The men were arrested by armed police for kissing on the beach. (Facebook/ Noti Tulum)
Two gay men were arrested after kissing on a public Mexico beach but were freed after fellow sunbathers charged after the police vehicle and demanded their release.
In a video that has gone viral around the world, two men are seen in handcuffs being dragged into a vehicle by armed police. Quickly, a group of swimsuit-clad beachgoers charges and surrounds the vehicle, refusing to let the police take the men, and begin chanting: “I’m gay! I’m gay too!” According to LGBTQ Nation, police in Mexico later issued a statement saying the gay men had engaged in oral sex on the beach, and were arrested for “immoral acts and sexual erotic demonstrations, on the road or public places”. However, witnesses strongly dispute this version of events. One beach-goer shared their story online: “While I was on the beach with my family, we noticed around 4.30 that two police officers in their ATVs approached a group of young foreigners. “After about 20 minutes passed, we noticed that a patrol arrived and proceeded to arrest them with handcuffs. “Observing what happened, I approached them and to my surprise, and that of many who had approached, the ‘reason’ for their arrest was because they were gays and they had kissed. “The policemen were violent, and gave arguments such as: ‘There are families and children and they cannot be seeing this.’ “They were forced into the patrol and they would not let them go, all of us who were gathered were upset at seeing the situation, no matter how much we told them that they were not committing any crime, they did not release them.” The beach-goer said that after “a few minutes” of protest, the men were released.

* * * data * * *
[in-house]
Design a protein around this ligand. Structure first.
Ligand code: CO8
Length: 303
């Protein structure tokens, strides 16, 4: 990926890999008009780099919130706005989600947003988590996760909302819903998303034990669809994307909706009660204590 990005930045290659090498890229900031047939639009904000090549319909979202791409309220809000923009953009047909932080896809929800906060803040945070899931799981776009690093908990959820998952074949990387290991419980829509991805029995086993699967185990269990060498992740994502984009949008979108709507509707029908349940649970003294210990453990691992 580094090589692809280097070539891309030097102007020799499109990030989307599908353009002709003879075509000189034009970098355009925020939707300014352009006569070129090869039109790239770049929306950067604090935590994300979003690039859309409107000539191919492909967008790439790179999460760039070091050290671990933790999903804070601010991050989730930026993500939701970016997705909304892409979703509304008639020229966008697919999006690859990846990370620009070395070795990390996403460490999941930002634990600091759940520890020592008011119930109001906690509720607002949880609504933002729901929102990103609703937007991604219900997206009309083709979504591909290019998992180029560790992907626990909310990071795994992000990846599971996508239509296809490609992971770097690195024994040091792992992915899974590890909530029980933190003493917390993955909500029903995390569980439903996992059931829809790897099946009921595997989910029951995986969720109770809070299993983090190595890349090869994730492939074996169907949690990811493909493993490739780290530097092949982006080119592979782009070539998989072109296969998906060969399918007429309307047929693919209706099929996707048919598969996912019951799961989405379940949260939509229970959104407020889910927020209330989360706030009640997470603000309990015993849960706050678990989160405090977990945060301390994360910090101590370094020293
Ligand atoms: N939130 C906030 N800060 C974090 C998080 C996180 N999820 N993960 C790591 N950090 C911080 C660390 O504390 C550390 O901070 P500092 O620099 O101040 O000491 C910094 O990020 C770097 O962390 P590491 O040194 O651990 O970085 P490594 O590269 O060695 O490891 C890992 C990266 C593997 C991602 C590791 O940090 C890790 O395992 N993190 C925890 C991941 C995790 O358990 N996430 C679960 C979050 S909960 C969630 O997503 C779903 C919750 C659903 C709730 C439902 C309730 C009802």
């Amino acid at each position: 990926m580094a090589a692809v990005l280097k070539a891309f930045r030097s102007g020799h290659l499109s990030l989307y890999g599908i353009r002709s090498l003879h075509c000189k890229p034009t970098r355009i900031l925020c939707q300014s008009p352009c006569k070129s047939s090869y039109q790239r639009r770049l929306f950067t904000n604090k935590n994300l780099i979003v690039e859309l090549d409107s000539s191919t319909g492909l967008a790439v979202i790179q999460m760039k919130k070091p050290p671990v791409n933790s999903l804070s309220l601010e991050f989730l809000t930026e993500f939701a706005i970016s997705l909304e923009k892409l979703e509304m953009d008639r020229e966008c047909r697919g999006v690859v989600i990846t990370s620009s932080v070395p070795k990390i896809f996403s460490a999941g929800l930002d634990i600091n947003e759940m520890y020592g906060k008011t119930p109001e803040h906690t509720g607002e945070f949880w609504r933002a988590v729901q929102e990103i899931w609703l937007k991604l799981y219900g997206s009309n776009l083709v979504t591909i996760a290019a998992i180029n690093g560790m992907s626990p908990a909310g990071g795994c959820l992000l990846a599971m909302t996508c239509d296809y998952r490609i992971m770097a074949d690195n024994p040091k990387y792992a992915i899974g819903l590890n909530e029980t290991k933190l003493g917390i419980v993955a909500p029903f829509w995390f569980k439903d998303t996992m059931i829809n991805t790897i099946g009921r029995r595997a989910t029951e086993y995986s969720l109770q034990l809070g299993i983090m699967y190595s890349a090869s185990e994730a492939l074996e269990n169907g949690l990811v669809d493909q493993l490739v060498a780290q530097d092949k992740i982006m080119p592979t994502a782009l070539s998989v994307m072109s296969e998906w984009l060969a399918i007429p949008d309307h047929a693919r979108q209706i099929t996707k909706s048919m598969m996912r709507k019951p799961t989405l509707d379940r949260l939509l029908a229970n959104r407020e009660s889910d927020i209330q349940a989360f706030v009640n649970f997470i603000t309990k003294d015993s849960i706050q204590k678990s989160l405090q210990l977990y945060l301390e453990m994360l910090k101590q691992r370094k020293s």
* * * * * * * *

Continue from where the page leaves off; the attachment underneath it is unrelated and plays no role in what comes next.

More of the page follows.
They added: “They were not committing any crime, we were by their side, at no time did they do anything wrong, simply by kissing like any other couple, they wanted to take them. “I am furious because it is not possible that in the 21st century this type of oppression against the LGBT + community continues. We all deserve the same treatment, and appropriate sanctions must be applied to these officers.” Gay sex was decriminalized in Mexico in 1871, and LGBT+ Pride marches have taken place in Mexico City since the late 1970s. In 2016, the former president of Mexico Enrique Peña Nieto signed an initiative to amend the country’s constitution and legalize same-sex marriage on a federal level.
However, the country is predominantly Catholic – around 83 percent of the country’s population identifying as such as of 2010 – with religious discrimination remaining common, especially outside of large cities.